The private sector is the world’s largest consumer of water. Global value chains and investments mean that local water problems can also become water risks for multinational companies. (see the WWF study ‘The Imported Risk’)
Main topics: Water Management, Water Risks, Water Condition, SDG Goals 6 and 14 (Sustainable Development Goals)
Sustainable water management plays a key role in this 21st century. In addition to an efficient consumption of water, the risks associated with water shortages and business opportunities that can arise by contributing to a solution for water shortage are key focal points for companies. In the ‘emerging markets’ and developing countries, the consequences of climate change and its impact on freshwater resources are increasingly being felt. The OECD (Organisation for Economic Cooperation and Development) forecasts that as early as 2030, nearly half of the world’s population (47%) will be living in ‘high water stress’ regions, i.e. regions where more water is consumed than is available.
The WWF points out that Germany has enough water, but water risks are already being imported through global production and supply chains. Managing the natural resource of water is thus regarded as a central task of sustainable development and of the sustainable development goals (SDGs). Through sustainable water management, companies can identify the risks in the management of water resources and evaluate them adequately.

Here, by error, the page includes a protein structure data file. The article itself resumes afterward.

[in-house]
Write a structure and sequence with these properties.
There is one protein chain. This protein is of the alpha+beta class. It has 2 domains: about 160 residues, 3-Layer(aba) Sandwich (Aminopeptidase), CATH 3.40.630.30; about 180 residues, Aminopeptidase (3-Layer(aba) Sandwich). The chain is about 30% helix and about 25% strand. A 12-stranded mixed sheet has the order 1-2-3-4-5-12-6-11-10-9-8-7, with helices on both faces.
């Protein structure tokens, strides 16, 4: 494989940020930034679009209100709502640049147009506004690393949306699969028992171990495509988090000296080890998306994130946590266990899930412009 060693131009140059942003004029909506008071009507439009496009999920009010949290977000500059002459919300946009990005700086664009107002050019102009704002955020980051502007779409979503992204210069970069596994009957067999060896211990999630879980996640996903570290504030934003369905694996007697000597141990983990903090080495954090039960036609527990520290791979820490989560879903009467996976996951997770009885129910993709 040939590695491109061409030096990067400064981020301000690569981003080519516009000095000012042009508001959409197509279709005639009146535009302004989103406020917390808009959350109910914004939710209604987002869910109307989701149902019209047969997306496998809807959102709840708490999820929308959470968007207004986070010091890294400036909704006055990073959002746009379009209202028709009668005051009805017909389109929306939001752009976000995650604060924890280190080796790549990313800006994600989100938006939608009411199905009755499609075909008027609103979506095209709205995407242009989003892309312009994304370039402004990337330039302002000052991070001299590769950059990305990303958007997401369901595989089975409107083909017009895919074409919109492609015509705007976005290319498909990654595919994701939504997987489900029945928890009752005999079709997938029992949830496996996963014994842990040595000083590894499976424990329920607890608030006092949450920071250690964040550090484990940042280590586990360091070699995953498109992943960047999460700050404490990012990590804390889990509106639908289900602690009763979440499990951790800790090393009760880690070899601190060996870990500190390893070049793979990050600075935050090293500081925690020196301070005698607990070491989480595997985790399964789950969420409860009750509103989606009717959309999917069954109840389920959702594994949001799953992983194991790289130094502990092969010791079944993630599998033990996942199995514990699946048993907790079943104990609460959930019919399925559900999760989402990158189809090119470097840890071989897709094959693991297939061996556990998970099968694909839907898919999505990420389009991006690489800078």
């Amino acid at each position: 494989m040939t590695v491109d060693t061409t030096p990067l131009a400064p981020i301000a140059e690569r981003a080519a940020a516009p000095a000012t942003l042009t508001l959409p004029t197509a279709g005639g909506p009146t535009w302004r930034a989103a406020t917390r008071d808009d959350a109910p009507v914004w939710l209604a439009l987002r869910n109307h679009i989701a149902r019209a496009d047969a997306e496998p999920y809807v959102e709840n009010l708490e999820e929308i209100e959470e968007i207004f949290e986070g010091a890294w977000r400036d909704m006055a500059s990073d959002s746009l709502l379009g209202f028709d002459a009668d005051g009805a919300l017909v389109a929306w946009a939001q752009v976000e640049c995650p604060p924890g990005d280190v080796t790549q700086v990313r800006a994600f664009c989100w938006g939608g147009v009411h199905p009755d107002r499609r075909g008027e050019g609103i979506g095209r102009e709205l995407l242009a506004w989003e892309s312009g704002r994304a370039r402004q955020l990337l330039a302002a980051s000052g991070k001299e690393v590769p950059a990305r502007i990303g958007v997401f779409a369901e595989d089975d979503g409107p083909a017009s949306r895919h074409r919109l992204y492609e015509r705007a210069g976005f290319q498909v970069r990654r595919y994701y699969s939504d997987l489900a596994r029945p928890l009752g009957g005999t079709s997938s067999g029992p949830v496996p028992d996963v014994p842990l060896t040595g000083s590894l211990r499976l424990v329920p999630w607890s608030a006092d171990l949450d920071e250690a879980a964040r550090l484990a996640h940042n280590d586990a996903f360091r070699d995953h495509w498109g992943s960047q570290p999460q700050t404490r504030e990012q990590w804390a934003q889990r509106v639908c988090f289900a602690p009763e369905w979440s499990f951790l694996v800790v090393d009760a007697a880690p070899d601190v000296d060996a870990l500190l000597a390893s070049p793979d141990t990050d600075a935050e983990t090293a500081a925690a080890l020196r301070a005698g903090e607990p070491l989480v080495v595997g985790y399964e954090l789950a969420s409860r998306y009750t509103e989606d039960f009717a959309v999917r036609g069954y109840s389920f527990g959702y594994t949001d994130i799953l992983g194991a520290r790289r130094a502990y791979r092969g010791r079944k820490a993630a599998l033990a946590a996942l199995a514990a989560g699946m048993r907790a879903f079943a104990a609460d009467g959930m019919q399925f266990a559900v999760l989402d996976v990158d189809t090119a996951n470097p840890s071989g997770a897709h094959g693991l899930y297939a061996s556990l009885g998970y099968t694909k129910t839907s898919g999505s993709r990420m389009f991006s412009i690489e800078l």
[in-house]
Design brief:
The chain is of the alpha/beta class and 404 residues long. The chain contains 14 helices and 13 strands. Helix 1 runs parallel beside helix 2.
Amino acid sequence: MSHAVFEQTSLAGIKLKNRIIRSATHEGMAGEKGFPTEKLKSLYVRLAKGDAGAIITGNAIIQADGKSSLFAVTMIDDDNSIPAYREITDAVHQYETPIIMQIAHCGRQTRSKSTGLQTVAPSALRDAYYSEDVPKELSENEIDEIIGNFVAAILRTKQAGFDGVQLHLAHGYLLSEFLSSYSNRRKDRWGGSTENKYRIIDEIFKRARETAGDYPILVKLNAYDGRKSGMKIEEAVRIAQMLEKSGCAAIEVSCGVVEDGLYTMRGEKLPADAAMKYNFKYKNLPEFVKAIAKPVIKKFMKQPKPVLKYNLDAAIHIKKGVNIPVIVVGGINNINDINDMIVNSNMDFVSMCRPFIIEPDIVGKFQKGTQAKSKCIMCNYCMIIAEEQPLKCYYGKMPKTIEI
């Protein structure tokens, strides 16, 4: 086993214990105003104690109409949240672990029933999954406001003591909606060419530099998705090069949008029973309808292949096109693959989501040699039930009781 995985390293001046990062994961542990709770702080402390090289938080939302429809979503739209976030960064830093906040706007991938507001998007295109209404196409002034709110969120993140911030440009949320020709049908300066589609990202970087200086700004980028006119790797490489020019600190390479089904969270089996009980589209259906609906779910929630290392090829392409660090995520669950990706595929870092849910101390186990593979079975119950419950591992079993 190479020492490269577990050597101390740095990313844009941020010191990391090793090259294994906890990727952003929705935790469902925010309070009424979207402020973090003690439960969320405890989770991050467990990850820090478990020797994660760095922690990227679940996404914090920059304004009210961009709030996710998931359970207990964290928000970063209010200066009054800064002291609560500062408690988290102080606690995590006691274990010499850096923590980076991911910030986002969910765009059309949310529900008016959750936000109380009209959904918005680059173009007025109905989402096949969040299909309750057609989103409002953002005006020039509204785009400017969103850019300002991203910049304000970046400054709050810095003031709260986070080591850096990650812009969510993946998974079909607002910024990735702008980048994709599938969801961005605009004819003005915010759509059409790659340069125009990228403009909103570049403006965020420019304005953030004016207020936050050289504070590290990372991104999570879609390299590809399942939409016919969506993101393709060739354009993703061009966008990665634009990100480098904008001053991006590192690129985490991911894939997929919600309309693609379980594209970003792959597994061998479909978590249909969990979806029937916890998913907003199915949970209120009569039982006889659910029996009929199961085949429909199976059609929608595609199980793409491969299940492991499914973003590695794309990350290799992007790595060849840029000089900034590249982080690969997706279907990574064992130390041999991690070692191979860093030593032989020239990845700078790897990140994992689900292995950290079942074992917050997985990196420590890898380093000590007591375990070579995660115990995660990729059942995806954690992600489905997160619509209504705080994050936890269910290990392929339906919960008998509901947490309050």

The example of Bayer clearly shows the relevance and the risks, but also the opportunities, which water management brings with it:
Based on existing environmental management systems, Bayer established a programme for the targeted and continuous improvement of water-related operational procedures, involving the protection of resources and their efficient use. To ascertain levels of water scarcity on all environmentally-relevant sites, a screening programme was performed in 2013, based on the Global Water Tool of the WBCSD (World Business Council for Sustainable Development). Reviews were carried out, for example, to ascertain whether water-related strategies, goals, initiatives and an appropriate risk management existed.
The sites in question have been analysed annually since 2013 and their water use, quality and drainage data evaluated. In addition, site-specific initiatives are examined and evaluated, enabling the re-use of water, thus contributing to the reduction of water consumption. The 2015 review showed that effective water management already existed at around 58% of the reviewed sites. About 73 percent of the total water used by Bayer is cooling water that is only heated and does not come into contact with products.
Based on this data, individual steps to improve water management have been agreed upon with the respective sites since 2015. This benefits the company in that regulatory approval requirements now enable the recycling of water into the water circuit without any further treatment. The Carbon Disclosure Project (CDP) has repeatedly rated Bayer as one of the world’s leading companies in water management, thanks to its comprehensive water management approach.
The WBCSD provides a structured approach with its ‘Water Access, Sanitation, and Hygiene’ model (WASH). It recommends five steps on which management solutions can be based:
1. Definition of the relevance of the topic of ‘water’ for your company
—> Water Stewardship Toolbox
2. Carrying out of a ‘self-assessment’
—> WBCSD Self-Assessment Tool
3. Prioritise identified deficiencies, using the following as a guide:
—> Distinction between corporate performance, compliance expectations and common industry practice
—> Extent of the risks associated with non-action and the efforts to achieve improvement
4. Concrete implementation of an improvement plan
5. Reporting and communication